HUD No. 05-152
| For Release
October 28, 2005
BUSH ADMINISTRATION ANNOUNCES $17.1 BILLION TO REBUILD GULF REGION
HUD funding to include more than $1.8 billion
WASHINGTON - Housing and Urban Development Secretary Alphonso Jackson today announced the Bush Administration is seeking more than $17.1 billion in funding to assist in the long-term redevelopment of communities throughout the Gulf region following Hurricane Katrina. The Administration's emergency supplemental spending request will provide HUD with more than $1.8 billion to help local leaders with the strategic planning necessary to revitalize devastated areas.
"The tools we're asking Congress to provide will build on the commitment this Administration has made to restore this region," said Jackson. "Working with our local partners, we're hoping to offer not only brick and mortar solutions to rebuilding, but the hope and healing that goes along with it."
Including in the funding request announced today is:
- $1.5 billion through HUD's Community Development Block Grant (CDBG) Program;
- $200 million through the Administration's Homesteading Initiative;
- $70 million through HUD's HOME Investment Partnerships Program; and,
- $50 million through HUD's Self-Help Homeownership Opportunity Program (SHOP).
Since 1974, HUD's Community Development Block Grant(CDBG) Program has awarded more than $112 billion to state and local governments to target their own community development priorities. Normally, CDBG funds are distributed by formula around the country based on a community's population, poverty, the age of its housing stock, and extent of overcrowded housing. In extraordinary cases, however, CDBG can be used to help communities to recover from disaster. Following the terror attacks of September 11, 2001, CDBG has been a source of funding to help revitalize Lower Manhattan.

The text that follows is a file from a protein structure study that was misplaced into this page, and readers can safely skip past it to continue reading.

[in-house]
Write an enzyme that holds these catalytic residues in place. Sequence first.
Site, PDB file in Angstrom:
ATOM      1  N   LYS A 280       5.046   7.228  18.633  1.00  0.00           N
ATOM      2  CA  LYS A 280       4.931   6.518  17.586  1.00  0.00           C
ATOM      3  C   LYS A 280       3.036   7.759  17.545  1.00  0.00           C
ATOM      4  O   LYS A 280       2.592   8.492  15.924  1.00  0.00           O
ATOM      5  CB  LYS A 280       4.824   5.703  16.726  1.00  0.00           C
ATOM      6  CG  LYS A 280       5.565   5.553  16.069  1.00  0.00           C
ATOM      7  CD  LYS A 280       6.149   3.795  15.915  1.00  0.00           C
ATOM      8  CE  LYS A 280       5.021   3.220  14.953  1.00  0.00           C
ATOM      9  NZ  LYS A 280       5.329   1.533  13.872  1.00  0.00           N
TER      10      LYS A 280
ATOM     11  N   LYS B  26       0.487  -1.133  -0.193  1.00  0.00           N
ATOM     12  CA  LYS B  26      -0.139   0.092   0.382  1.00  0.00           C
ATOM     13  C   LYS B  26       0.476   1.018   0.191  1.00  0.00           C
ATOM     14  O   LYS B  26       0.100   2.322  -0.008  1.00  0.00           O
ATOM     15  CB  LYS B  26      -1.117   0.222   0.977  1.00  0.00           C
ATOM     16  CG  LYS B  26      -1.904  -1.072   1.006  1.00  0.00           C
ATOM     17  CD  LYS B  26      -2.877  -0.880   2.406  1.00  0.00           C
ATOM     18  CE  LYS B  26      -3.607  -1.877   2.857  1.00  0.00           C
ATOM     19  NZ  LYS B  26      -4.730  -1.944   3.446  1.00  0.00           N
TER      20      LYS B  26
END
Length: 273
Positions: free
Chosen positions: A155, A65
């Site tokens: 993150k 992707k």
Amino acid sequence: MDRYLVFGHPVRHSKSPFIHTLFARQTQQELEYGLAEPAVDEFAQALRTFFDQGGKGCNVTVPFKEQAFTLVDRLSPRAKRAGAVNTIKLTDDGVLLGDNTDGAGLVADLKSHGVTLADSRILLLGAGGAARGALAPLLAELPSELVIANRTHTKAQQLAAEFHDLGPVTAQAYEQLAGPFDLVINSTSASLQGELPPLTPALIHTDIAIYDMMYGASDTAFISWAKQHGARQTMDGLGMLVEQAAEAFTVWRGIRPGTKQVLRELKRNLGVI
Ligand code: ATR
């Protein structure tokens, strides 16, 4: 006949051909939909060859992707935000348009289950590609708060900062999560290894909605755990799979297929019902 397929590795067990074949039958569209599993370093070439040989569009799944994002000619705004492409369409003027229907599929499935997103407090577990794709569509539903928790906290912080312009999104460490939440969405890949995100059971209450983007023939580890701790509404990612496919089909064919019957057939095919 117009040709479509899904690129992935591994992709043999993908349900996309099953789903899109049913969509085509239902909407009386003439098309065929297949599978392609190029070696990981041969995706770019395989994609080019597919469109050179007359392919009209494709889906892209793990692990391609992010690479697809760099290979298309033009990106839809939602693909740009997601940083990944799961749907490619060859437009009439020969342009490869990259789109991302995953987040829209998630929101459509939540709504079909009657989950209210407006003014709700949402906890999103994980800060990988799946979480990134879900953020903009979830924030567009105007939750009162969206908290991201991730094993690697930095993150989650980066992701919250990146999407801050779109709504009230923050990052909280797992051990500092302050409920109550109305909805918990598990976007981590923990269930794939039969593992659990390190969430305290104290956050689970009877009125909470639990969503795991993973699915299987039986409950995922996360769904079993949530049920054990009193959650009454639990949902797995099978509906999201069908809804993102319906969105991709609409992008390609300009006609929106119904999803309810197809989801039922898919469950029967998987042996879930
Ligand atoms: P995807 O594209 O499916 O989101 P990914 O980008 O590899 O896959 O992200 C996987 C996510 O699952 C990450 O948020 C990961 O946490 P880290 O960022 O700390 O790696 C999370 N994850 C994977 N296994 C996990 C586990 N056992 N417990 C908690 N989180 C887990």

The Administration's Homesteading Initiative seeks to create homeownership opportunities by transferring federally owned property to local governments for the resettlement of displaced families. Such federal property may include HUD-owned single-family homes, property conveyed by other government agencies and donated properties from nongovernmental entities.
HOME (HOME Investment Partnerships Program) is the largest federal block grant to state and local governments designed exclusively to produce affordable housing for low-income families. Since 1992, more than 600 communities have committed to produce more than 811,000 affordable housing units, including almost 319,000 for new homebuyers purchasing their first home. In addition, nearly 127,000 tenants have received direct rental assistance.
HUD's SHOP Program funds eligible nonprofit organizations with experience in developing "self-help housing" for lower income homebuyers. These sweat equity programs funded through SHOP, like Habitat for Humanity, tap into the power of volunteerism, the experience of tradesmen and the hard work of the families themselves to increase homeownership.
HUD is the nation's housing agency committed to increasing homeownership, particularly among minorities; creating affordable housing opportunities for low-income Americans; and supporting the homeless, elderly, people with disabilities and people living with AIDS. The Department also promotes economic and community development as well as enforces the nation's fair housing laws. More information about HUD and its programs is available on the Internet and espanol.hud.gov.